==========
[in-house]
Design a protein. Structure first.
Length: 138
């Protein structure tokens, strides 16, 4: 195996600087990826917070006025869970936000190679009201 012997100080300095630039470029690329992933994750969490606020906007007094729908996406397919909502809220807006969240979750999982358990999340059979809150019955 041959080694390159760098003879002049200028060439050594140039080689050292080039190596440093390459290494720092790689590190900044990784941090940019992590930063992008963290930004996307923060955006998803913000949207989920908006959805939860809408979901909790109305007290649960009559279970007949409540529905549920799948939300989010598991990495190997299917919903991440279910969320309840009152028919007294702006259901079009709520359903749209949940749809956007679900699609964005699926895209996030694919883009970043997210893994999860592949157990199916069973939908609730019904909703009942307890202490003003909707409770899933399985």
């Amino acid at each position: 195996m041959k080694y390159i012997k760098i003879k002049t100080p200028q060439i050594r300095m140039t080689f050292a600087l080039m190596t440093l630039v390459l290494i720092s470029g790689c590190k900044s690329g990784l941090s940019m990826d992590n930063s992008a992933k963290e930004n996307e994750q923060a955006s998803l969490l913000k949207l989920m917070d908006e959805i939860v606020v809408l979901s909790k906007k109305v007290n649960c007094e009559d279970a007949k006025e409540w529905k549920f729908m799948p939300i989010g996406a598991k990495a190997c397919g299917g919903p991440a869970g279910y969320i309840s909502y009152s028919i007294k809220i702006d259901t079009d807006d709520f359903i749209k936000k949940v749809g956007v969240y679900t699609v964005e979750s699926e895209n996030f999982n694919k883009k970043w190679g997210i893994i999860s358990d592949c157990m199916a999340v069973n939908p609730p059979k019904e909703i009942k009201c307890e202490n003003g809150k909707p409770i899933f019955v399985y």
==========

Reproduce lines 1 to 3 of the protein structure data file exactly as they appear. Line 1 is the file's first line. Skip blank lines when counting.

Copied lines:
[in-house]
Design a protein. Structure first.
Length: 138